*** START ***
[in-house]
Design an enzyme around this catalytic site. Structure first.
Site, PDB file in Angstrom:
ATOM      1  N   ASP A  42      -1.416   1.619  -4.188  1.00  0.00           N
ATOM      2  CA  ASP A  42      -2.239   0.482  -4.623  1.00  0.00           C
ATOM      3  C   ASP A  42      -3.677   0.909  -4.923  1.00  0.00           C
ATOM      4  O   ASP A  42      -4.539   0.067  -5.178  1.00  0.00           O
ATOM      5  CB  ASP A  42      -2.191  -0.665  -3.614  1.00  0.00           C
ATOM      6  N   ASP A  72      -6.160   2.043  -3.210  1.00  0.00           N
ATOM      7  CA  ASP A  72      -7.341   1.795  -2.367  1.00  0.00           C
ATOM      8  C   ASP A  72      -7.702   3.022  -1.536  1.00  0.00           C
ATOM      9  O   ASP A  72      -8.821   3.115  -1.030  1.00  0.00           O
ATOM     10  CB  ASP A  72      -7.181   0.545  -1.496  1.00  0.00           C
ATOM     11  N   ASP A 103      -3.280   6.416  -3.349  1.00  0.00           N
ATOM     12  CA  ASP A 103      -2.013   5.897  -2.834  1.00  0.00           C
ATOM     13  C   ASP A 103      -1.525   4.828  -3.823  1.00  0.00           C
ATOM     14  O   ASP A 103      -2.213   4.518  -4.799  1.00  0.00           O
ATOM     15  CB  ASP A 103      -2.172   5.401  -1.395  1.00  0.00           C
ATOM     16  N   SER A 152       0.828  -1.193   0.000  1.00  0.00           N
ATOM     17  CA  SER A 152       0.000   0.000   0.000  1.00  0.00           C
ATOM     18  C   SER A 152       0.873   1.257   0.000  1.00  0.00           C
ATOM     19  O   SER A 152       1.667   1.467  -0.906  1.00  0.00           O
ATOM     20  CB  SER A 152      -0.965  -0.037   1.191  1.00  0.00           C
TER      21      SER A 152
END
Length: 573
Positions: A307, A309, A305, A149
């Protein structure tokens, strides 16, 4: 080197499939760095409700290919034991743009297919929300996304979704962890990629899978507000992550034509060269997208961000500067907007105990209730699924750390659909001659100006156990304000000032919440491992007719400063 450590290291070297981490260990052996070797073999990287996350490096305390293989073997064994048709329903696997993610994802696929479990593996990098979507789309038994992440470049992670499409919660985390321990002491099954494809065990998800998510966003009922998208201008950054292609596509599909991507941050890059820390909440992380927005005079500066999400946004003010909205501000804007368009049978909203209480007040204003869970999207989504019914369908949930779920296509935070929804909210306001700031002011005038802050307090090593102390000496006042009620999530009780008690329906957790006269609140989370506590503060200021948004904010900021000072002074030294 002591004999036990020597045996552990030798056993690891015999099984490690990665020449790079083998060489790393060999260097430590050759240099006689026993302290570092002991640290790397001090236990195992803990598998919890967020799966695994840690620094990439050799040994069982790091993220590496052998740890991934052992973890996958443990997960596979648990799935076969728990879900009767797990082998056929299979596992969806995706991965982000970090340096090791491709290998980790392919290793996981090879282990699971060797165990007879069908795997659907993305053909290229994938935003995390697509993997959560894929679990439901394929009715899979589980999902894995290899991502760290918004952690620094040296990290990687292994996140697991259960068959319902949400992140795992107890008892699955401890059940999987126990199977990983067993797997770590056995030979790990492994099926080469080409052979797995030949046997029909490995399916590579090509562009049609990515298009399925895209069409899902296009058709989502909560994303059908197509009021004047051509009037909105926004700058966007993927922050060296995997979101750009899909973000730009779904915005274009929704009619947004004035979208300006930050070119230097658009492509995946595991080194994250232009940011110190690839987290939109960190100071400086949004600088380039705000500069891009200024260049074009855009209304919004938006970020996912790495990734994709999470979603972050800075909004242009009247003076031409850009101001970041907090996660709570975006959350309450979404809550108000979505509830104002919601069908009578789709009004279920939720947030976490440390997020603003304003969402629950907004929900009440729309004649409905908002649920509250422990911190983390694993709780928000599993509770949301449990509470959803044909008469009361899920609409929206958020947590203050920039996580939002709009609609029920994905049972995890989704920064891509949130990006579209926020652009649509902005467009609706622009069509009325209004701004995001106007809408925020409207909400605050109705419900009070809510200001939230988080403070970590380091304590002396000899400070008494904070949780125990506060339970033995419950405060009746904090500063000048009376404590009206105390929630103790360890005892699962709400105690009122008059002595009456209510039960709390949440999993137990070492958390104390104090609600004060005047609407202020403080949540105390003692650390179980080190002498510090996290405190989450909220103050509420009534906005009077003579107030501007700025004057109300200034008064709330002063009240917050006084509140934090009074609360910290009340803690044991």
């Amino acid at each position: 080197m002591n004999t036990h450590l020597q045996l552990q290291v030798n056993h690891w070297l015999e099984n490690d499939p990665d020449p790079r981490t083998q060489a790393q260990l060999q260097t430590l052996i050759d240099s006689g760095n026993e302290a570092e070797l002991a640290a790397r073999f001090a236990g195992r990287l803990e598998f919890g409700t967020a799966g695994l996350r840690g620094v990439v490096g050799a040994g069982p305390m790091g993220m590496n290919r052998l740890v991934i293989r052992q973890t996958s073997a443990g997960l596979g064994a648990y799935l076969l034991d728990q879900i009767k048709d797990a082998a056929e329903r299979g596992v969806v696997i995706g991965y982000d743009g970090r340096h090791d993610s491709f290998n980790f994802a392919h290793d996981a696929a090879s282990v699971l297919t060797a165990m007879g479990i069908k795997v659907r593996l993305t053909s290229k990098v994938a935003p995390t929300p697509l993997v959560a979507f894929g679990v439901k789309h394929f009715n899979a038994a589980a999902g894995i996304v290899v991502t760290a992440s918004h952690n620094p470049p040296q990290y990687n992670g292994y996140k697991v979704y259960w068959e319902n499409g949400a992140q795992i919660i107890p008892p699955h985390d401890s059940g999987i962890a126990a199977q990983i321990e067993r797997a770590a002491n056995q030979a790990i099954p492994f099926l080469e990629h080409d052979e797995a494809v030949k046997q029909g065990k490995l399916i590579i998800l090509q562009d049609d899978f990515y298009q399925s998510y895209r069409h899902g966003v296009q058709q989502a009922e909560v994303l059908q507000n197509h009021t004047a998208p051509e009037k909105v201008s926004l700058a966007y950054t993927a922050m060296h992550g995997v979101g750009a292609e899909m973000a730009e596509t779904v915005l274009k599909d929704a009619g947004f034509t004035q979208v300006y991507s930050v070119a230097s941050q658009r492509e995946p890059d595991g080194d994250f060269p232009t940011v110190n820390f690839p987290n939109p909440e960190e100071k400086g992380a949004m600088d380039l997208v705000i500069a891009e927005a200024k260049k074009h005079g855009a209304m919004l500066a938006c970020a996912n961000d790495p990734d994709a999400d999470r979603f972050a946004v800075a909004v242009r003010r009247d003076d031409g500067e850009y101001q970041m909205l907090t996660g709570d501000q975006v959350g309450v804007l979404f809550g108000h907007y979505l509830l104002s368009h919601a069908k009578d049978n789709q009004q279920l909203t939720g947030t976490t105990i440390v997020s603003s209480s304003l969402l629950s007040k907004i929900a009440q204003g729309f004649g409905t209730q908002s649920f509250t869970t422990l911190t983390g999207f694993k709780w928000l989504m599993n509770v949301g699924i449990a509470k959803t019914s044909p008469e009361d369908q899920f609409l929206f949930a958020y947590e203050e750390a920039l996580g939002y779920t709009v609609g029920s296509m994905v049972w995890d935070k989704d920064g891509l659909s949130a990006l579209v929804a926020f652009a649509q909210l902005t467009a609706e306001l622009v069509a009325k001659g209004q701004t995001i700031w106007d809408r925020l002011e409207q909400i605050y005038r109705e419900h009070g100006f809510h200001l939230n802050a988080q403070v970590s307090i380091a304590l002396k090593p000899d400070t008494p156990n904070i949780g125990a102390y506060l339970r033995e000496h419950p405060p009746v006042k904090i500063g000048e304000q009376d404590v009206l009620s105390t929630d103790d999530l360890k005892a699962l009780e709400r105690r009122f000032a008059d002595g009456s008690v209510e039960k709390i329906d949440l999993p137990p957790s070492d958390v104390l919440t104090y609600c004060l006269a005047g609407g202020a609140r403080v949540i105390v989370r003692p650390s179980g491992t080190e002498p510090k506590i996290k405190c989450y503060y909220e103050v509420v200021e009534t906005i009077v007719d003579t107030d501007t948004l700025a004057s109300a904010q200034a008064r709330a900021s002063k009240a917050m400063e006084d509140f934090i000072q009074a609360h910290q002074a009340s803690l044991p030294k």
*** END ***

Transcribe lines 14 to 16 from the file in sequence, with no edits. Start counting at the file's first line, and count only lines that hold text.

ATOM     11  N   ASP A 103      -3.280   6.416  -3.349  1.00  0.00           N
ATOM     12  CA  ASP A 103      -2.013   5.897  -2.834  1.00  0.00           C
ATOM     13  C   ASP A 103      -1.525   4.828  -3.823  1.00  0.00           C